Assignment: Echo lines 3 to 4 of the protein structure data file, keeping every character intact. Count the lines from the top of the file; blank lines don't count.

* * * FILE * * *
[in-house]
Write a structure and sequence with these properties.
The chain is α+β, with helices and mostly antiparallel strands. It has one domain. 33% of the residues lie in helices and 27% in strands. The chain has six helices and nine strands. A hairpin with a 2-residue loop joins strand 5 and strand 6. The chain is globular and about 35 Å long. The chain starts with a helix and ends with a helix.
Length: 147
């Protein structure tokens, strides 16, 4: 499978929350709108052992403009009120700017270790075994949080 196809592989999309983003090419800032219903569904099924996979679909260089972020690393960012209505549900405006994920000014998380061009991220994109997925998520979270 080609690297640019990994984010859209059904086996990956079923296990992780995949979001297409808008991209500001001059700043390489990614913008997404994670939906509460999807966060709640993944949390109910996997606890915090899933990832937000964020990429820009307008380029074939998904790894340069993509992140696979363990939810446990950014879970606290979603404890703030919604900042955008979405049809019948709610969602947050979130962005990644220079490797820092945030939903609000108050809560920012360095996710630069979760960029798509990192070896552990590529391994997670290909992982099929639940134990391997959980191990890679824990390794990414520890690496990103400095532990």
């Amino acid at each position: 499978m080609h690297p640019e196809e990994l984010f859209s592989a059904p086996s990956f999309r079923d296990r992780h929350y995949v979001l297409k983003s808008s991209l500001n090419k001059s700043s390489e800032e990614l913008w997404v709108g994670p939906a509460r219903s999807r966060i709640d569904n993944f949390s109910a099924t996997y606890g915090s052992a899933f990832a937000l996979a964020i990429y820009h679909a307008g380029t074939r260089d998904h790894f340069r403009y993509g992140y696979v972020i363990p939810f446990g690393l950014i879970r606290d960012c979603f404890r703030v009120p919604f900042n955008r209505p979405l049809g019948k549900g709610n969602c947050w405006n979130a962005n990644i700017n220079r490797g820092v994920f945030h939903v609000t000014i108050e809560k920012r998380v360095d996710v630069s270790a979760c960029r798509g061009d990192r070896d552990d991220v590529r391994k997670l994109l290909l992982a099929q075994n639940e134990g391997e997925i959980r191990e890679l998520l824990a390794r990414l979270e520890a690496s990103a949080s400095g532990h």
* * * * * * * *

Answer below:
The chain is α+β, with helices and mostly antiparallel strands. It has one domain. 33% of the residues lie in helices and 27% in strands. The chain has six helices and nine strands. A hairpin with a 2-residue loop joins strand 5 and strand 6. The chain is globular and about 35 Å long. The chain starts with a helix and ends with a helix.
Length: 147